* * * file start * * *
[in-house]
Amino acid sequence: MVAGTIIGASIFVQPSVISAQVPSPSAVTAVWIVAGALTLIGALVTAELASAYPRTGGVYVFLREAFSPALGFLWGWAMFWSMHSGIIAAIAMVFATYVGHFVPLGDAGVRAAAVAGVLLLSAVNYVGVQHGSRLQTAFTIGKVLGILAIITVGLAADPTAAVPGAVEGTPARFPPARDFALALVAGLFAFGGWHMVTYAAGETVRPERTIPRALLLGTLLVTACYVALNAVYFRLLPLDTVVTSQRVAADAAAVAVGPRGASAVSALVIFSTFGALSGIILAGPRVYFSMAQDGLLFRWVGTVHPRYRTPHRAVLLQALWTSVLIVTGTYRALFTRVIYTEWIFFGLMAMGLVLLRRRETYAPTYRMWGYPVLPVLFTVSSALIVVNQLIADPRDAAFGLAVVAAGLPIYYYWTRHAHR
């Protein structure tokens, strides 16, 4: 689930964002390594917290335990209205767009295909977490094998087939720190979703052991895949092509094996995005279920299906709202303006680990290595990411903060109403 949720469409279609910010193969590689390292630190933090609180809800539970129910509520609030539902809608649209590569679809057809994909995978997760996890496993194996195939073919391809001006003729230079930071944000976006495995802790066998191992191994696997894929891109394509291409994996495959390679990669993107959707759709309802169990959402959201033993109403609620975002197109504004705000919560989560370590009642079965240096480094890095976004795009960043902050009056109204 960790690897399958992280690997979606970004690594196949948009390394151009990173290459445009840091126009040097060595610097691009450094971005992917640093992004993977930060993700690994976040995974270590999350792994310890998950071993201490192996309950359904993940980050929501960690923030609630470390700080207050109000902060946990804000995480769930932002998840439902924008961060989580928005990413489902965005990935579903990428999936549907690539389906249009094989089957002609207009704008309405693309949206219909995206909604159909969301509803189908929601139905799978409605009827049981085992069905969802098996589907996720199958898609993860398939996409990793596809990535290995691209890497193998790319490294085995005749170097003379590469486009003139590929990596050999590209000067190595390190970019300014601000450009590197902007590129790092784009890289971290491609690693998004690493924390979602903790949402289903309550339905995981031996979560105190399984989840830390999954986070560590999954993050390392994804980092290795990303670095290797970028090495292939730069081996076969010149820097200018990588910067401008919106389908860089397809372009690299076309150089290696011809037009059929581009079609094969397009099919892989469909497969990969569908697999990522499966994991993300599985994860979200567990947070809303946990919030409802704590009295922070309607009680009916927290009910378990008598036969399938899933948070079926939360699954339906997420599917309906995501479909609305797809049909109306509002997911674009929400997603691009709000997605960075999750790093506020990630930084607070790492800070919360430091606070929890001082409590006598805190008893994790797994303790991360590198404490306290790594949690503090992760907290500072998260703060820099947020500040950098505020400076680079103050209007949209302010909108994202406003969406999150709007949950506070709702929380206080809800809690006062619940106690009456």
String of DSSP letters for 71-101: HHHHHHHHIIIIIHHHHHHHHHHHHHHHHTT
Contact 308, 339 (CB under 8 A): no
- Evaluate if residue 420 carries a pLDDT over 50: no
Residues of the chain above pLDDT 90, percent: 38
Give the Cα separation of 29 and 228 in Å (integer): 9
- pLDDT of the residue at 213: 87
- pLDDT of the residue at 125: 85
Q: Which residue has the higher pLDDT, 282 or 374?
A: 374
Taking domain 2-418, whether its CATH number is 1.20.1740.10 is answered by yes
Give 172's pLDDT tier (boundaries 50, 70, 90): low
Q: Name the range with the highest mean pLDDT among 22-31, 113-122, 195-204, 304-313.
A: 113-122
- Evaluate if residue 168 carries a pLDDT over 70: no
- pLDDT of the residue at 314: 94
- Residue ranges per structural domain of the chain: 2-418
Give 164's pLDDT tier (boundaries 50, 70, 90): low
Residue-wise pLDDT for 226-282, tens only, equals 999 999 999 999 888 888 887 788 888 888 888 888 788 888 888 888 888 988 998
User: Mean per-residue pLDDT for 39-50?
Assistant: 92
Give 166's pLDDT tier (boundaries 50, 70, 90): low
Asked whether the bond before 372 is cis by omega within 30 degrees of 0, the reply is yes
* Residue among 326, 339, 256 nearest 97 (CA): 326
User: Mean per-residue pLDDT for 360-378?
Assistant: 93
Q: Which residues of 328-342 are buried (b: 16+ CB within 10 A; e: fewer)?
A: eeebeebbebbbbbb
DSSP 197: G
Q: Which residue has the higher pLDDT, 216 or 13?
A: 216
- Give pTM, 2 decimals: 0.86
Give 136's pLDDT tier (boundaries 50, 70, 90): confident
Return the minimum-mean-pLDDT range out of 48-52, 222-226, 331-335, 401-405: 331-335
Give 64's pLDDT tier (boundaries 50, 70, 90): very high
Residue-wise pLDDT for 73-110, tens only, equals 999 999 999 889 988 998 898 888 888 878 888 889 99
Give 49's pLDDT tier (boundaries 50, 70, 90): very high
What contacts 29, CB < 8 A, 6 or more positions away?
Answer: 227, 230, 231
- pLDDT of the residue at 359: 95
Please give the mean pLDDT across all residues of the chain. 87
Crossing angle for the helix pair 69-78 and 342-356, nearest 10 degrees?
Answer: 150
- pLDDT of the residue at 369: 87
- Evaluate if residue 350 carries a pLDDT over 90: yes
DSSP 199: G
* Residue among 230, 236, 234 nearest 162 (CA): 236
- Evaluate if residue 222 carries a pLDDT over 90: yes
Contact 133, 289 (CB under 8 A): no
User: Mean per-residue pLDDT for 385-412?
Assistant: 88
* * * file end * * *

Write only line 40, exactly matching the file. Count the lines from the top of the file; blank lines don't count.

What contacts 29, CB < 8 A, 6 or more positions away?